Basketball - Coquitlam is home to the Tri City Youth Basketball Association; formed in 1999, it serves the Tri-Cities with over 1,400 players from grades 2 to 9. The program is part of the Steve Nash Youth Basketball program administered by Basketball BC. It is open to both boys and girls, and operates out of school gyms across the Tri-Cities area.
Cricket - Coquitlam is home to the Windies Cricket Club. The club consists of over a hundred members with 3 adult teams playing in the Premier, First & Third Divisions. The club is affiliated with the Metro Vancouver Cricket League and games are played at Mackin Park, Coquitlam. A youth Kanga Cricket Program was formed with the aim of promoting and growing the game of cricket in Coquitlam, BC. The SuperStrikers cricket team is open to boys and girls aged 6 – 16.
Football - Coquitlam is home to the Coquitlam Minor Football Association, which is a member of the Vancouver Mainland Football League. CMFA players range from 6 to 18 years of age, and play against teams from the Lower Mainland and Vancouver Island. Coquitlam was also the home of the Tri-City Bulldogs of the Canadian Junior Football League from 1991-2004.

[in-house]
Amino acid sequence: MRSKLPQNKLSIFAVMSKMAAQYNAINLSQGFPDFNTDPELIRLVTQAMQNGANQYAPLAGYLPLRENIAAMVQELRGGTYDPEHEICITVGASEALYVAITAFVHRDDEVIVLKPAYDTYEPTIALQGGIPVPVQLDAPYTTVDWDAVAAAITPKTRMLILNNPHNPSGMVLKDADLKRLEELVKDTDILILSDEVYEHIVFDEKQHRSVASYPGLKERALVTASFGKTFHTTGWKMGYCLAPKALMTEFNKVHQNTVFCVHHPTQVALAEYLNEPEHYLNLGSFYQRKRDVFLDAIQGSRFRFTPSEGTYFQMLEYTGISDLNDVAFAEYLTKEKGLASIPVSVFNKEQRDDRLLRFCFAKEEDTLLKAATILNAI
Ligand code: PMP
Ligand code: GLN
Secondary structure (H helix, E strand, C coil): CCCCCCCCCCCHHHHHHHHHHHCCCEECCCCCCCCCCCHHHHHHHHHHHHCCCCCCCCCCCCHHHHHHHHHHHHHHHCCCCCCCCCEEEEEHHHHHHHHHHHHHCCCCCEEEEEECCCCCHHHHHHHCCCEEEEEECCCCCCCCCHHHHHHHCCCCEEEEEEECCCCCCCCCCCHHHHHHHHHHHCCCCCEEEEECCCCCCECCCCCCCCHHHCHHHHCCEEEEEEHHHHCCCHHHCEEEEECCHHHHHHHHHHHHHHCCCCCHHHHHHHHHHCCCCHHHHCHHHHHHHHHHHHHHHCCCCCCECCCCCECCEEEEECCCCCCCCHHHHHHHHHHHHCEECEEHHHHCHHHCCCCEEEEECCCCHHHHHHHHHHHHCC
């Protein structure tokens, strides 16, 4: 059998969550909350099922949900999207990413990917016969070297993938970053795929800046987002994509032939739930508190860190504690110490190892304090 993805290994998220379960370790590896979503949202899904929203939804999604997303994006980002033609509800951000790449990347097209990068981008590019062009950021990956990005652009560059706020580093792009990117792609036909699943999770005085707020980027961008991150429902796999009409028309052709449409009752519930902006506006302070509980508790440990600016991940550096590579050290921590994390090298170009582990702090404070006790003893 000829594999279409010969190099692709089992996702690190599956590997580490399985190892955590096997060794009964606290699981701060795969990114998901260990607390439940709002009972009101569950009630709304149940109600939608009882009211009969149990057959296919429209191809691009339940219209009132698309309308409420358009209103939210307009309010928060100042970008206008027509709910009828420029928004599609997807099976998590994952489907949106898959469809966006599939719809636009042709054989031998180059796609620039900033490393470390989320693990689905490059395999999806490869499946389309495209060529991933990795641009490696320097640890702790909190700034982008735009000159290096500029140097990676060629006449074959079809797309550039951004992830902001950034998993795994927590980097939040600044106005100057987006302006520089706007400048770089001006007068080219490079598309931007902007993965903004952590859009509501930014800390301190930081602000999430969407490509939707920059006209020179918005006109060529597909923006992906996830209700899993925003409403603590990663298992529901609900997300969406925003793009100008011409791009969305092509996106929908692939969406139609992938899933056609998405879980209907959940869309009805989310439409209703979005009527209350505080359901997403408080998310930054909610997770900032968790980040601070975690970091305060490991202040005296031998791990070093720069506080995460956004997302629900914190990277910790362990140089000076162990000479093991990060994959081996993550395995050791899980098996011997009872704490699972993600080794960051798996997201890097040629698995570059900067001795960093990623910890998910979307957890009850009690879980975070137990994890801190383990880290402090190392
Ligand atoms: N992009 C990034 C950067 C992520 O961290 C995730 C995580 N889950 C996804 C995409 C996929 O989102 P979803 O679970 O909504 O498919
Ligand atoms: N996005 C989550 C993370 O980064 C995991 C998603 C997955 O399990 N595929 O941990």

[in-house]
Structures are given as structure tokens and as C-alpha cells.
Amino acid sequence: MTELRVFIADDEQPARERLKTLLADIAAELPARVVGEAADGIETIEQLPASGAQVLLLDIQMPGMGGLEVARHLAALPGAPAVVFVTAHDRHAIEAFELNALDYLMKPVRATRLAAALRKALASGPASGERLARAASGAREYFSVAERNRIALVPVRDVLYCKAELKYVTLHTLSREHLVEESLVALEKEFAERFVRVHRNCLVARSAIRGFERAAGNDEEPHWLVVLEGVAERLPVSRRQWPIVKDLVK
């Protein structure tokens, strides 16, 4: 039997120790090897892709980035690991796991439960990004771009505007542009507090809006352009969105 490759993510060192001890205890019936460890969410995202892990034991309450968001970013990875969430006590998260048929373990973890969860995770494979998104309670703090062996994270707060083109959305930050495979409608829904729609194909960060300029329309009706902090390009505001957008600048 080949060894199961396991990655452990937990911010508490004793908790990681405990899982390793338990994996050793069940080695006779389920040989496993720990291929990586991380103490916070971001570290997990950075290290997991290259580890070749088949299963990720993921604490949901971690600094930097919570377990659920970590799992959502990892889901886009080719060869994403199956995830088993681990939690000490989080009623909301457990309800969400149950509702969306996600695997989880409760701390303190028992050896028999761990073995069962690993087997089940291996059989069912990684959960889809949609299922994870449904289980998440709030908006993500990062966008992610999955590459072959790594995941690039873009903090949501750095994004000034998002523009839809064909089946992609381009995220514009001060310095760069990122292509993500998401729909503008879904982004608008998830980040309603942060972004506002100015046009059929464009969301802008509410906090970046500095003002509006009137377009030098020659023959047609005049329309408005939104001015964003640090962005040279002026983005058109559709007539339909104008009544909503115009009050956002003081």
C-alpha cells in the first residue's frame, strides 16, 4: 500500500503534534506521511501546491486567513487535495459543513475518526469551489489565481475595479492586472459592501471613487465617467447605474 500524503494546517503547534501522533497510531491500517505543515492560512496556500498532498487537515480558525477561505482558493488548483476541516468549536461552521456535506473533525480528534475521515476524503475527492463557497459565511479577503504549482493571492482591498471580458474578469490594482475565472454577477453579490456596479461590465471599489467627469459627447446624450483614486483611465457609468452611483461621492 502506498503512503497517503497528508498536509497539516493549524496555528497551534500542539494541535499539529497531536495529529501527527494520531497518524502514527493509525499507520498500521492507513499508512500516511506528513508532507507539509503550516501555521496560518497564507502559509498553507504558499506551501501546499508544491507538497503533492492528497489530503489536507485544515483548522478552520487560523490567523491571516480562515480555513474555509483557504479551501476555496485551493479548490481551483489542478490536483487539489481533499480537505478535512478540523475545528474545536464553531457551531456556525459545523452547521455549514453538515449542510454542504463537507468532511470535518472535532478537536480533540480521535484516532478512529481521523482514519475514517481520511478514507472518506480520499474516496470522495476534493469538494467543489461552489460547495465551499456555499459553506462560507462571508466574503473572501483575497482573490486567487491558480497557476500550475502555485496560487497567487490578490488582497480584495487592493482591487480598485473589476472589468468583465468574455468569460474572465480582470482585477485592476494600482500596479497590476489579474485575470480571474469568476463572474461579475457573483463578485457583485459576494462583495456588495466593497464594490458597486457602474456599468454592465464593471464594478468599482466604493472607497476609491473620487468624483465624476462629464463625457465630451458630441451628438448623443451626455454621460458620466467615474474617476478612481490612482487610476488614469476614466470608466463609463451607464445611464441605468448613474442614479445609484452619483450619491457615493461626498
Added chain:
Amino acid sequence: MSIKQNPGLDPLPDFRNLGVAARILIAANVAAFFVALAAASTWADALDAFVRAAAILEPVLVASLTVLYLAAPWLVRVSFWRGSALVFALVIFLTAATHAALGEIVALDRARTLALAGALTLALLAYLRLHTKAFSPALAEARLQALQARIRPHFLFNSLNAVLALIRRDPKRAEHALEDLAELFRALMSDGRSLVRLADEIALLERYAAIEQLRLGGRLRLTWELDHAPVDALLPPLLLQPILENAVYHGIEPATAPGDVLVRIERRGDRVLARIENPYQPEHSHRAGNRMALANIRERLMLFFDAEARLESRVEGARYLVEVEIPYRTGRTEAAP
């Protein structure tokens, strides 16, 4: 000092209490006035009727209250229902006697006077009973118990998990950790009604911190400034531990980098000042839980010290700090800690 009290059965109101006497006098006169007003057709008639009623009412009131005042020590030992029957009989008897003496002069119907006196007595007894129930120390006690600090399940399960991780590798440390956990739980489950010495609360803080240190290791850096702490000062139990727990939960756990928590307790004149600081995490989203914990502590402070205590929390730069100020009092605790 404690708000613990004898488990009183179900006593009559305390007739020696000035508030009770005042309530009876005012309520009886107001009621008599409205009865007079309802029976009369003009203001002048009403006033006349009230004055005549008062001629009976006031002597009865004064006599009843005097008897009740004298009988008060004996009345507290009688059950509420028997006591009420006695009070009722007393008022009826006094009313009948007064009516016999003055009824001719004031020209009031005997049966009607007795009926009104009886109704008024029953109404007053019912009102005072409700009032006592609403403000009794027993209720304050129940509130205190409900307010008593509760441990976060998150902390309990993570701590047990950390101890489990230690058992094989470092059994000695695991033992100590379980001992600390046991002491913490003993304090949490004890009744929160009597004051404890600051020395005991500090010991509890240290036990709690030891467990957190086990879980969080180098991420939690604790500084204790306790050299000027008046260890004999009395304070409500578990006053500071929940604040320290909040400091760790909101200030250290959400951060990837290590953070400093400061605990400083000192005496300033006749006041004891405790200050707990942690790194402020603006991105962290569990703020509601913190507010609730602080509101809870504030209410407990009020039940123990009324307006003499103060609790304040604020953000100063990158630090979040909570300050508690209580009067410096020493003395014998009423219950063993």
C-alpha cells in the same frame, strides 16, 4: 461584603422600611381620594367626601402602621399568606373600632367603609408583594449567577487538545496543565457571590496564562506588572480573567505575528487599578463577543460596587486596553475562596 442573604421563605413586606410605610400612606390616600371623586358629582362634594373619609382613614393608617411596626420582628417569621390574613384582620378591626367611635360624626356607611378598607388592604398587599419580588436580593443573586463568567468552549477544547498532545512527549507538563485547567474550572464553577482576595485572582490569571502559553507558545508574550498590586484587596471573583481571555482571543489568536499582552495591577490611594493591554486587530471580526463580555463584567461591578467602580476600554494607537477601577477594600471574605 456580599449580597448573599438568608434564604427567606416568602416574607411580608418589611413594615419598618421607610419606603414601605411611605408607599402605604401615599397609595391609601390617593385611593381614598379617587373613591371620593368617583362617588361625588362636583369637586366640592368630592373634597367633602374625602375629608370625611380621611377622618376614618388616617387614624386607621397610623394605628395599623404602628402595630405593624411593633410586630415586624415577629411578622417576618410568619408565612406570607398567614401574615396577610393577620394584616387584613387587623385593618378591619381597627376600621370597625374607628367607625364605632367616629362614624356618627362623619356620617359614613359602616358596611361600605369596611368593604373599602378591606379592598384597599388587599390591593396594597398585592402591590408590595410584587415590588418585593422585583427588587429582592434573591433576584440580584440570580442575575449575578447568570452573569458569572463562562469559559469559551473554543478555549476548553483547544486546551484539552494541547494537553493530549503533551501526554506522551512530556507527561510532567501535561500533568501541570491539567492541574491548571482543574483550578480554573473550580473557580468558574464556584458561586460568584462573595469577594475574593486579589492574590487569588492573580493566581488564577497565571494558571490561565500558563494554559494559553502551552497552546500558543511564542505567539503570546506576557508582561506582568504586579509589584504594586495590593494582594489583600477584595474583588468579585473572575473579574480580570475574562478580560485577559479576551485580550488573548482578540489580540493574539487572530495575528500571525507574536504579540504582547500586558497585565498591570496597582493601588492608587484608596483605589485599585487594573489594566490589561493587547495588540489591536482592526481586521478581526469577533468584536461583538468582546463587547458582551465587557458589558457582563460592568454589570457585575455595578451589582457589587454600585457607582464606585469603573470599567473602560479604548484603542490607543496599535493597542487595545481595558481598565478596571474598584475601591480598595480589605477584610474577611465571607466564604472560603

Golf - In addition to courses in neighbouring communities in the Tri-Cities, Coquitlam itself is home to several golf facilities. The Vancouver Golf Club, located in southwest Coquitlam, has hosted two major LPGA tour events as well as one Senior PGA Tour event. The Westwood Plateau Golf & Country Club is one of the highest rated golf courses in Canada. Both the Westwood Plateau Golf Academy and Eaglequest Golf Centre are designed as executive learning courses.
Hockey - Founded in 2001, the Coquitlam Express of the British Columbia Hockey League play at the Coquitlam Sports Centre.Coquitlam is also home to the Coquitlam Minor Hockey Association, a AAA club in the Greater Vancouver area in the Pacific Coast Division, with almost 1000 members from Initiation Hockey 1 to Juvenile.
Lacrosse - Coquitlam is home to the Coquitlam Adanacs of the Western Lacrosse Association, who play at the Coquitlam Sports Centre, and to the Coquitlam Minor Lacrosse Association. In July 2008, Percy Perry Stadium hosted the 2008 ILF Under-19 World Lacrosse Championships.